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House Republican Leader McCarthy: No one 'questioning the legitimacy' of 2020 election

Hours earlier Rep. Liz Cheney was pushed out of her leadership position for rebuking Trump's recent claims that the election was "stolen."

Hours after Rep. Liz Cheney was ousted from her Republican leadership position for rebuking former President Donald Trump's ongoing claim that the election was "stolen" from him, House Minority Leader Kevin McCarthy told reporters, "I don’t think anybody is questioning the legitimacy of the presidential election."

"I think that is all over with," McCarthy, R-Calif., said at the White House, where he was meeting with President Joe Biden, House Speaker Nancy Pelosi, Senate Majority Leader Chuck Schumer and Senate Minority Leader Mitch McConnell about Biden's infrastructure plans.

"We're sitting here with the president today, so from that point of view I don’t think that’s a problem,” McCarthy said.

The remarks seemed at odds with the battle being waged within his House Republican caucus, which includes members who have continued to echo Trump's false claims that widespread fraud was committed during the 2020 election.

Earlier in the day, House Republicans voted to remove Cheney from her No. 3 position in caucus leadership for repeatedly rebuking Trump's claims that the election was "rigged."

“We cannot let the former president drag us backward and make us complicit in his efforts to unravel our democracy. Down that path lies our destruction, and potentially the destruction of our country,” Cheney, R-Wyo., told her colleagues ahead of the vote, according to a source in the room.

Her removal was supported by McCarthy, who'd previously backed her during a bid in February to push her out. McCarthy is supporting Rep. Elise Stefanik, R-N.Y., a staunch Trump supporter, to succeed Cheney as House GOP conference chair. Stefanik signed on to a lawsuit aimed at overturning the election results and has repeatedly questioned some of the election results.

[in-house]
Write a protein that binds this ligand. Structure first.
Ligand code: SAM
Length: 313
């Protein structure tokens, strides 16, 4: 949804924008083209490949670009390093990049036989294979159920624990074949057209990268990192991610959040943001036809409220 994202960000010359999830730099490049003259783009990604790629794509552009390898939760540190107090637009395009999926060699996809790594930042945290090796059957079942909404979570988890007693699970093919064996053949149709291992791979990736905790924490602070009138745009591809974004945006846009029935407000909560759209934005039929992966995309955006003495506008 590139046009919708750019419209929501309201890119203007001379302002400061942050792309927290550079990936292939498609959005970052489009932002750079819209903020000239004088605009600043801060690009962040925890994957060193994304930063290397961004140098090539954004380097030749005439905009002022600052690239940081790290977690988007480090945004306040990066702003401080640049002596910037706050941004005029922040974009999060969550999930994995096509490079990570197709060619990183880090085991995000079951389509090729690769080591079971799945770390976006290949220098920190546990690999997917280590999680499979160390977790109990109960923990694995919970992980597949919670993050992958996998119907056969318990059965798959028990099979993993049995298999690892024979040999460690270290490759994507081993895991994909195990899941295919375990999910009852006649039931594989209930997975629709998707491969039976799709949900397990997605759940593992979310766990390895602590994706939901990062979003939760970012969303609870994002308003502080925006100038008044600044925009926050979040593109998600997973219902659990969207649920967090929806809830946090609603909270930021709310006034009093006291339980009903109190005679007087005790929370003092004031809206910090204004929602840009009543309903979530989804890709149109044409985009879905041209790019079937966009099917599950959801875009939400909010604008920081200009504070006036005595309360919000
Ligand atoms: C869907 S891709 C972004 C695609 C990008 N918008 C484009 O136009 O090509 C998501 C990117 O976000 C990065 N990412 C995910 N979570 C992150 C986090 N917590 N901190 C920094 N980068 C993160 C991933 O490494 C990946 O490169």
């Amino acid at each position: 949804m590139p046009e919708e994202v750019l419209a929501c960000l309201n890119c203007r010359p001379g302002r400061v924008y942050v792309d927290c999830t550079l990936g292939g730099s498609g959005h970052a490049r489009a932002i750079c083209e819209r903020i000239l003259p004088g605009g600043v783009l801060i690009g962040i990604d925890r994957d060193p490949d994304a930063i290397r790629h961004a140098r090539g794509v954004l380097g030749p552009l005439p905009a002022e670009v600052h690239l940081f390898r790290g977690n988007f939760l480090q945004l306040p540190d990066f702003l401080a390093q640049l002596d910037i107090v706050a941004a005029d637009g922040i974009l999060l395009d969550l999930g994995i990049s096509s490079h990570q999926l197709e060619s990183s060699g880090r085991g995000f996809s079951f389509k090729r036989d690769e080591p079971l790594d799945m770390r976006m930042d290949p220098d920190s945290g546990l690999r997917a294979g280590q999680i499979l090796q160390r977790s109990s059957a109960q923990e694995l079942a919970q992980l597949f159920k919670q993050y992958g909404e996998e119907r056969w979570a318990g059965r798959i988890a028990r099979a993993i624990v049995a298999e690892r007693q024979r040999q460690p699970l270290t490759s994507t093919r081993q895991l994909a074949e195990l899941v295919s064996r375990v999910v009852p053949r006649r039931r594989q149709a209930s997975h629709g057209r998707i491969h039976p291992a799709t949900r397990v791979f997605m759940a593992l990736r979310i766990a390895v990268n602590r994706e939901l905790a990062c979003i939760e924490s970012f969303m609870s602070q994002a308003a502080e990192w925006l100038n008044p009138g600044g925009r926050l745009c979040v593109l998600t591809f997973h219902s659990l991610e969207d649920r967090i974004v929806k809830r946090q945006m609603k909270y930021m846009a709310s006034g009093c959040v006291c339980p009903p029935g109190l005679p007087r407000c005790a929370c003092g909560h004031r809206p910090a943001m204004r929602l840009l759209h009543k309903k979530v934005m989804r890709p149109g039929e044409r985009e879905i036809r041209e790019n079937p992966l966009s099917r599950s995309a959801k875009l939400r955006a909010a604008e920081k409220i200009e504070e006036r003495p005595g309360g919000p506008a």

McCarthy made the comments about Republicans not questioning the legitimacy of the election after NBC News' Kristen Welker asked whether elevating a member of House leadership who questioned the election results would complicate his efforts to work with the president.

Trump, who celebrated Cheney's ouster in a scathing statement Wednesday, has released more than 20 statements falsely claiming that the election was "rigged" or "stolen" and that he "won by a landslide," among other assertions, in the past six weeks. This week, Trump compared the election to the theft of "diamonds" that needed to be returned.

Those claims have helped lead to a bizarre election audit that's currently underway in Arizona, where state Republicans have hired private companies to check ballots with UV lights and special cameras to look for bamboo in them. They've also led to Republican legislatures passing a number of restrictive voting laws that they claim are aimed at making election more secure, despite there being no evidence of widespread fraud in the 2020 election.